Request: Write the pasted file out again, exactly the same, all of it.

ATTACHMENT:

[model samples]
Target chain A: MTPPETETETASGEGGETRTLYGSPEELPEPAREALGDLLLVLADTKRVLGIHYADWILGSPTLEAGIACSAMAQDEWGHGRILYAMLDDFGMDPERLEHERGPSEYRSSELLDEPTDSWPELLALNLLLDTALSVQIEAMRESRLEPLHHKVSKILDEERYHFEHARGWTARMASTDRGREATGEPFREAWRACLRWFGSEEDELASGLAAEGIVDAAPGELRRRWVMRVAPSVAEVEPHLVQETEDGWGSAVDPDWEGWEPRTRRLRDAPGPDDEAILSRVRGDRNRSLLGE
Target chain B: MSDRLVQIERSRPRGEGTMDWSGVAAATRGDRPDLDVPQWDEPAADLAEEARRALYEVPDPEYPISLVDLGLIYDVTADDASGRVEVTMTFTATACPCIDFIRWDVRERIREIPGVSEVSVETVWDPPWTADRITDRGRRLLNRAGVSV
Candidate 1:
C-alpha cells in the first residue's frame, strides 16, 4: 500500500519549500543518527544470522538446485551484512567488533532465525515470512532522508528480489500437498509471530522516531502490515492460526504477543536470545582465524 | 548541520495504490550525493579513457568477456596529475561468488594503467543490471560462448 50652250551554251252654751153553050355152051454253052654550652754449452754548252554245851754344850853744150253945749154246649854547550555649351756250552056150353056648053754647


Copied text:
[model samples]
Target chain A: MTPPETETETASGEGGETRTLYGSPEELPEPAREALGDLLLVLADTKRVLGIHYADWILGSPTLEAGIACSAMAQDEWGHGRILYAMLDDFGMDPERLEHERGPSEYRSSELLDEPTDSWPELLALNLLLDTALSVQIEAMRESRLEPLHHKVSKILDEERYHFEHARGWTARMASTDRGREATGEPFREAWRACLRWFGSEEDELASGLAAEGIVDAAPGELRRRWVMRVAPSVAEVEPHLVQETEDGWGSAVDPDWEGWEPRTRRLRDAPGPDDEAILSRVRGDRNRSLLGE
Target chain B: MSDRLVQIERSRPRGEGTMDWSGVAAATRGDRPDLDVPQWDEPAADLAEEARRALYEVPDPEYPISLVDLGLIYDVTADDASGRVEVTMTFTATACPCIDFIRWDVRERIREIPGVSEVSVETVWDPPWTADRITDRGRRLLNRAGVSV
Candidate 1:
C-alpha cells in the first residue's frame, strides 16, 4: 500500500519549500543518527544470522538446485551484512567488533532465525515470512532522508528480489500437498509471530522516531502490515492460526504477543536470545582465524 | 548541520495504490550525493579513457568477456596529475561468488594503467543490471560462448 50652250551554251252654751153553050355152051454253052654550652754449452754548252554245851754344850853744150253945749154246649854547550555649351756250552056150353056648053754647